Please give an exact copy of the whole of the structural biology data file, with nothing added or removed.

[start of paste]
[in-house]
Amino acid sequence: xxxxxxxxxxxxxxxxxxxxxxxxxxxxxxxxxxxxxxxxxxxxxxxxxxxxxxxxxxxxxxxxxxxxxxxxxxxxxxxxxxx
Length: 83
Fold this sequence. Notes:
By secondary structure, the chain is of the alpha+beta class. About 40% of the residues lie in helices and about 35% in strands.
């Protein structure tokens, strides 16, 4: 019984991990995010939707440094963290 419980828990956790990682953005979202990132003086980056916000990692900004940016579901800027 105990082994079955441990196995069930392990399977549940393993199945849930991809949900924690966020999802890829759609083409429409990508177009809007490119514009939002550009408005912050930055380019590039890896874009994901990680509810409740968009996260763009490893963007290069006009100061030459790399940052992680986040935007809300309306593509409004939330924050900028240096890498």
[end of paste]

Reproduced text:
[in-house]
Amino acid sequence: xxxxxxxxxxxxxxxxxxxxxxxxxxxxxxxxxxxxxxxxxxxxxxxxxxxxxxxxxxxxxxxxxxxxxxxxxxxxxxxxxxx
Length: 83
Fold this sequence. Notes:
By secondary structure, the chain is of the alpha+beta class. About 40% of the residues lie in helices and about 35% in strands.
């Protein structure tokens, strides 16, 4: 019984991990995010939707440094963290 419980828990956790990682953005979202990132003086980056916000990692900004940016579901800027 105990082994079955441990196995069930392990399977549940393993199945849930991809949900924690966020999802890829759609083409429409990508177009809007490119514009939002550009408005912050930055380019590039890896874009994901990680509810409740968009996260763009490893963007290069006009100061030459790399940052992680986040935007809300309306593509409004939330924050900028240096890498």